As in most of the United States, the percentage of naturalized citizens to noncitizens in each state is divided roughly in half, though those who are naturalized generally make up the majority by a few percentage points. The percentage of foreign-born citizens in this part of the country varies from just four percent in Maine to nearly a quarter of the population in New York.
Connecticut, Delaware, Maine, Massachusetts, Maryland, New Hampshire, New Jersey, New York, Pennsylvania, Rhode Island, Vermont
Naturalized citizens account for more than half of immigrants only in Florida and Virginia. In much of the southern United States, less than 40 percent of immigrants are naturalized citizens. However, the percentage of foreign-born residents is much smaller for most of this region as well.
Florida, Georgia, North Carolina, South Carolina, Virginia, West Virginia, Alabama, Kentucky, Mississippi, Tennessee, Arkansas, Louisiana, Oklahoma, Texas
The Midwest presents a varied picture of immigration, from Illinois where naturalized citizens and noncitizens are split nearly 50/50 to South Dakota, Nebraska, and Iowa where less than 40 percent of the population is naturalized. Foreign-born residents account for anywhere from 3 to 14 percent of the population in these states.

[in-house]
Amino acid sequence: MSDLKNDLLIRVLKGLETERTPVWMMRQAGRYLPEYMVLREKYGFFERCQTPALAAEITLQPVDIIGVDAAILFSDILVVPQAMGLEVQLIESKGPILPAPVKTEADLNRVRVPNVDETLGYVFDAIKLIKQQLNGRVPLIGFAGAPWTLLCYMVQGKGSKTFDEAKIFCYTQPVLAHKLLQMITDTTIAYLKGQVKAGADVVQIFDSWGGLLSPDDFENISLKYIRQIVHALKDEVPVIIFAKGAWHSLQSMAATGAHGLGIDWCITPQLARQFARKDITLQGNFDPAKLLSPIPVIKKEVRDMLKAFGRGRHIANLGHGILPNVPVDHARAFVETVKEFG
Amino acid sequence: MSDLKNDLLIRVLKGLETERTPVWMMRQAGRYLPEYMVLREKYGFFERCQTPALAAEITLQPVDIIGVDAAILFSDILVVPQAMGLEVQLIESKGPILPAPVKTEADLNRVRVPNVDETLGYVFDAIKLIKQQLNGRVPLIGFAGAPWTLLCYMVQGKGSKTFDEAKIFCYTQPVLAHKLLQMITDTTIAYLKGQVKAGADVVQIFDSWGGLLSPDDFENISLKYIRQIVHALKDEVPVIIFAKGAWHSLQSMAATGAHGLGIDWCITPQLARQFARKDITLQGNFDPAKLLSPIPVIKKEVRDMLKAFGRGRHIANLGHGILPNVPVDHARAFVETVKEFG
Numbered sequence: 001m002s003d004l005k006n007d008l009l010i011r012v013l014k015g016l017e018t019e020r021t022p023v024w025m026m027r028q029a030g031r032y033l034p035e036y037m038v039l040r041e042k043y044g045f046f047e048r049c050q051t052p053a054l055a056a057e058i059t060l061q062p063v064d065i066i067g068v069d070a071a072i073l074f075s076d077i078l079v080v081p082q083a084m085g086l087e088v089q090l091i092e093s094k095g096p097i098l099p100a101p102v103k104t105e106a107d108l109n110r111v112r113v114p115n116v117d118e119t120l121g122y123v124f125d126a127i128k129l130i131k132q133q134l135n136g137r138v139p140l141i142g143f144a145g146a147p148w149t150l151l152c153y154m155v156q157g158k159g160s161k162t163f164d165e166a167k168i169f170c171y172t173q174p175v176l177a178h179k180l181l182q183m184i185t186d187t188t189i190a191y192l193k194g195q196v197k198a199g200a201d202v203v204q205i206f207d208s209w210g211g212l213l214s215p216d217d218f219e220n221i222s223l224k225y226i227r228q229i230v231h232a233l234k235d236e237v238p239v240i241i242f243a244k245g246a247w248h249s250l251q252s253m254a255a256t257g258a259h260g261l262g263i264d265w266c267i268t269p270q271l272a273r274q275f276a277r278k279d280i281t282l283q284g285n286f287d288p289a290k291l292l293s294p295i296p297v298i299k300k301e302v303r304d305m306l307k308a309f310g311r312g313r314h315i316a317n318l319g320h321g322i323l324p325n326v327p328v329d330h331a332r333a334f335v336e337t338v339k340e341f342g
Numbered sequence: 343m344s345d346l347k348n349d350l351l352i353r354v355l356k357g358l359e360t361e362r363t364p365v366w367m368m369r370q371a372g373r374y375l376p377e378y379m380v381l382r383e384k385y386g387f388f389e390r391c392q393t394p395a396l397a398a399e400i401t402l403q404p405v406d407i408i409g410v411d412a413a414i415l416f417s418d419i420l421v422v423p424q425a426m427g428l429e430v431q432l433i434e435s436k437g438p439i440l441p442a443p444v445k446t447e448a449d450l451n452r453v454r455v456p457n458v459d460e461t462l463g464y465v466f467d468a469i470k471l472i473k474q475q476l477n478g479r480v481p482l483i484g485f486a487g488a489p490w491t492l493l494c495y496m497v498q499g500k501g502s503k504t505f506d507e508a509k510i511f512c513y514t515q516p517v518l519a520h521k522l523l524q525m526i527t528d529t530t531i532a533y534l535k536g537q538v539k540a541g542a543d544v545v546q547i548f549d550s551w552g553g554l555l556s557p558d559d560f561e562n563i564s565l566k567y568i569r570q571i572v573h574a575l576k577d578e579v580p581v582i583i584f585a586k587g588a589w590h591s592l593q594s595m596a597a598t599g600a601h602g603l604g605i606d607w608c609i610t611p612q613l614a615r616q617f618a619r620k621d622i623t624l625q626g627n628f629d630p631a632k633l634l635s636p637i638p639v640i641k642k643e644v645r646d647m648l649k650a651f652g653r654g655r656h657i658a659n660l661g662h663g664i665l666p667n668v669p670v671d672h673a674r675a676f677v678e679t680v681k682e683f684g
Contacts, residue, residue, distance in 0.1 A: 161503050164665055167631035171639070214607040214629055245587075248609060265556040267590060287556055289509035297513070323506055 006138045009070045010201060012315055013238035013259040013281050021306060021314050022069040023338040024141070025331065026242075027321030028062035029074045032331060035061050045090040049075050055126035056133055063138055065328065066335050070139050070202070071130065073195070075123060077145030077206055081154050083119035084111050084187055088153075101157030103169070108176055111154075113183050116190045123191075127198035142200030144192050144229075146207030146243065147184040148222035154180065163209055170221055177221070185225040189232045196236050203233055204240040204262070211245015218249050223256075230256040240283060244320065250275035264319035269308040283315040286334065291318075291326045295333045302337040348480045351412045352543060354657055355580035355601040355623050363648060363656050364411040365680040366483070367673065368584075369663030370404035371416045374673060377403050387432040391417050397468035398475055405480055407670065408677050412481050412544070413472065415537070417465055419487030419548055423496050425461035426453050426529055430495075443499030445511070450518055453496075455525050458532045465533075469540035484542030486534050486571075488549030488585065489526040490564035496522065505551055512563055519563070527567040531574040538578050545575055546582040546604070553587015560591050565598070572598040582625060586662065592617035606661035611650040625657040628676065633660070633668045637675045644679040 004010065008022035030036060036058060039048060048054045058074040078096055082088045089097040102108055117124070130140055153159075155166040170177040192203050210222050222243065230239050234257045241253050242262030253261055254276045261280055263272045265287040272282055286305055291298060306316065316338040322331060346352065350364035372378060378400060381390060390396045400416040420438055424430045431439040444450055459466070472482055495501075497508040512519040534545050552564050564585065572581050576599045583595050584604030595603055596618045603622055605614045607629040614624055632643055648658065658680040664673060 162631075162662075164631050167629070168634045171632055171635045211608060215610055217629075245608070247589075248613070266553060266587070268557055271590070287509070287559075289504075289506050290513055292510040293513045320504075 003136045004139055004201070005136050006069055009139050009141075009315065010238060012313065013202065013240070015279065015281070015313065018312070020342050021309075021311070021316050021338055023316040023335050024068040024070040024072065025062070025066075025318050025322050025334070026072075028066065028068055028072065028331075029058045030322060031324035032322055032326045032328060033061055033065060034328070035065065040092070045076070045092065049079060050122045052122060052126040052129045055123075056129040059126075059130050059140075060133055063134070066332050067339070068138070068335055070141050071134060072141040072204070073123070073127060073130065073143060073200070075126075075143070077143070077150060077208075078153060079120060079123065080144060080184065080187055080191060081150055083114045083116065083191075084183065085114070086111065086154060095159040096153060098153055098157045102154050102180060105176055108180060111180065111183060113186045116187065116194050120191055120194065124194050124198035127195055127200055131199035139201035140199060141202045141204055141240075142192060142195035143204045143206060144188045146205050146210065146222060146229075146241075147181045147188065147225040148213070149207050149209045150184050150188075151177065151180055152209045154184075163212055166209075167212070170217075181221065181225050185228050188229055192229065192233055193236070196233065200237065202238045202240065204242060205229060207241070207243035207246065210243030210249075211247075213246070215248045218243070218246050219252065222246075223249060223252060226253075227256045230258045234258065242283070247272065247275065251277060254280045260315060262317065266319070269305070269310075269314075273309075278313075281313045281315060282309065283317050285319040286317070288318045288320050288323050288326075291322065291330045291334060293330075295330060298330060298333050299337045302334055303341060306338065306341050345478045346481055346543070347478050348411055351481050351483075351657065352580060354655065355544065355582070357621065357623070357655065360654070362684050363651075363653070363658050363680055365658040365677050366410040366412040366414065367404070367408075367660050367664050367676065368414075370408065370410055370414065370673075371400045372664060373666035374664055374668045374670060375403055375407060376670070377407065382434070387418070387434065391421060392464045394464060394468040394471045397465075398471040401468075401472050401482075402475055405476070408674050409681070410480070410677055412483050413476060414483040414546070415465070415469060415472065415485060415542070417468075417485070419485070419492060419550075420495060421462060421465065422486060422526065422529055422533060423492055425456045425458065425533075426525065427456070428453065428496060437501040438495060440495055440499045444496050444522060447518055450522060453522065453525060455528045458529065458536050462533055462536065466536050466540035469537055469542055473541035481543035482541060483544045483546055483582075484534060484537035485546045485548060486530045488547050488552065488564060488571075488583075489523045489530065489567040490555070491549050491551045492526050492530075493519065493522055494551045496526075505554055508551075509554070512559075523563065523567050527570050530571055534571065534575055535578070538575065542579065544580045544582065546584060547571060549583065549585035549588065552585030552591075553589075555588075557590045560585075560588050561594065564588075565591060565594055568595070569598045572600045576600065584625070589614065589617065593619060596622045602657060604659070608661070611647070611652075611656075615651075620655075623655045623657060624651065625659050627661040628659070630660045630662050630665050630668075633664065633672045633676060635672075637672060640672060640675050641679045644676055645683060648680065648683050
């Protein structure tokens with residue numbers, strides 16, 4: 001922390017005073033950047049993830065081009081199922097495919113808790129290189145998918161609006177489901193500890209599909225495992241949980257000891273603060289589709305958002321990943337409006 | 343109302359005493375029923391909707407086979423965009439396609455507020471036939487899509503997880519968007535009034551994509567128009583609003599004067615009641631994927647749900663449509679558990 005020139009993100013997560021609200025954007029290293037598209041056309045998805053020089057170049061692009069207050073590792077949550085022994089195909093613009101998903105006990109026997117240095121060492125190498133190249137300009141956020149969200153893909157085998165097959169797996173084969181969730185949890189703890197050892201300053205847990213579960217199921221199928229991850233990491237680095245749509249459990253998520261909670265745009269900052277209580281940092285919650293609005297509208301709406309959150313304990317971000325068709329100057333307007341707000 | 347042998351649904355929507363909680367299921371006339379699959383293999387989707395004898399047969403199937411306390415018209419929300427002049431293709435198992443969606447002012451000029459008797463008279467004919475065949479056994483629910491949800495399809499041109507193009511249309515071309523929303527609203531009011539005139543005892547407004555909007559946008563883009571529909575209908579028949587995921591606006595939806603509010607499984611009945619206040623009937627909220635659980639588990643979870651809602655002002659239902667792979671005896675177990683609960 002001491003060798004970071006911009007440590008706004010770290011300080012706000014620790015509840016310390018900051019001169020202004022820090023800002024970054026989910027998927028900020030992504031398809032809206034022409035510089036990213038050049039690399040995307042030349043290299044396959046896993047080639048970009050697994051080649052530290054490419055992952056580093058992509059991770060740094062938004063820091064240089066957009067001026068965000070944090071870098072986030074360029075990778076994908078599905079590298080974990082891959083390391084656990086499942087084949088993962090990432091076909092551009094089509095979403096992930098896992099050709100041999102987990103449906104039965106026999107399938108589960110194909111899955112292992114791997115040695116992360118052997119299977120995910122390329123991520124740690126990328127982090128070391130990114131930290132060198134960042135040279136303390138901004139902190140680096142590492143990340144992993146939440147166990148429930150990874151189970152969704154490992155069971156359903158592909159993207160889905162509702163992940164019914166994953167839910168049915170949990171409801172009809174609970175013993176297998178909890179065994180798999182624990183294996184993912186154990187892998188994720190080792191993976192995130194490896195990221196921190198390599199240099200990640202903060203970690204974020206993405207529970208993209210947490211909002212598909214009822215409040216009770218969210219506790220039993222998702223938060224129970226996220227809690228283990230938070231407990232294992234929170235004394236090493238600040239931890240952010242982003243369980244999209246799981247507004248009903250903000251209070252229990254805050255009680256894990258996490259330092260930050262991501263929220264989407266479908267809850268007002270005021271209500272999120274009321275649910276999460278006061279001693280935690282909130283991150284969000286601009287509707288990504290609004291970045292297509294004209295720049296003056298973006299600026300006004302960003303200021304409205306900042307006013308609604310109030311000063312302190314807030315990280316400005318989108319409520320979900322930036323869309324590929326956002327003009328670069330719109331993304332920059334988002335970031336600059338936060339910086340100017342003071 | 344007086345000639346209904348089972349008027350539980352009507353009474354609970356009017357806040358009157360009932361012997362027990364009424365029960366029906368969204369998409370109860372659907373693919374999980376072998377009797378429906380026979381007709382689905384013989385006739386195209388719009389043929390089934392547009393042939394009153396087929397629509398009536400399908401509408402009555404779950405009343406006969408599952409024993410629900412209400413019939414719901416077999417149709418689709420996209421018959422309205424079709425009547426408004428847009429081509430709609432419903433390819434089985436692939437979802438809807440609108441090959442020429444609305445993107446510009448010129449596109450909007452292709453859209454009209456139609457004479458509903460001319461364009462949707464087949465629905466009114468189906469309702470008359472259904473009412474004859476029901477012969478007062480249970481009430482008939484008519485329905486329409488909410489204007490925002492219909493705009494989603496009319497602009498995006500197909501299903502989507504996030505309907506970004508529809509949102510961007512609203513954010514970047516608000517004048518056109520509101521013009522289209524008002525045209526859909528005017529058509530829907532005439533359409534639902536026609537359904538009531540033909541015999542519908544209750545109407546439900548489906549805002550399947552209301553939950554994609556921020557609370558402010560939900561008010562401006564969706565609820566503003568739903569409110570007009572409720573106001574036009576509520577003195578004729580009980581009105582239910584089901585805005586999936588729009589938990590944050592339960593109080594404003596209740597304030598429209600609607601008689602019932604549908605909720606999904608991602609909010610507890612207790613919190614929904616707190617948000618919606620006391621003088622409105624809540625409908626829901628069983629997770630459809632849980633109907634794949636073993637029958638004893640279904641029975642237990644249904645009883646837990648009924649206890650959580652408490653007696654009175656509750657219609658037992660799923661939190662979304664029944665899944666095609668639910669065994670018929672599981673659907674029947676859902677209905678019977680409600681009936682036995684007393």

North Dakota, South Dakota, Nebraska, Minnesota, Iowa, Missouri, Wisconsin, Illinois, Kansas, Michigan, Indiana, Ohio
In the western United States, the state of immigration varies dramatically from the southern part of the country to the north. In California, over a quarter of all residents are foreign-born, yet this is true of just 2.1 percent of the population in Montana. This part of the United States is wildly diverse, having conditions on both ends of the spectrum.
Montana, Wyoming, Colorado, New Mexico, Idaho, Utah, Arizona, Nevada, Washington, Oregon, California, Alaska, Hawaii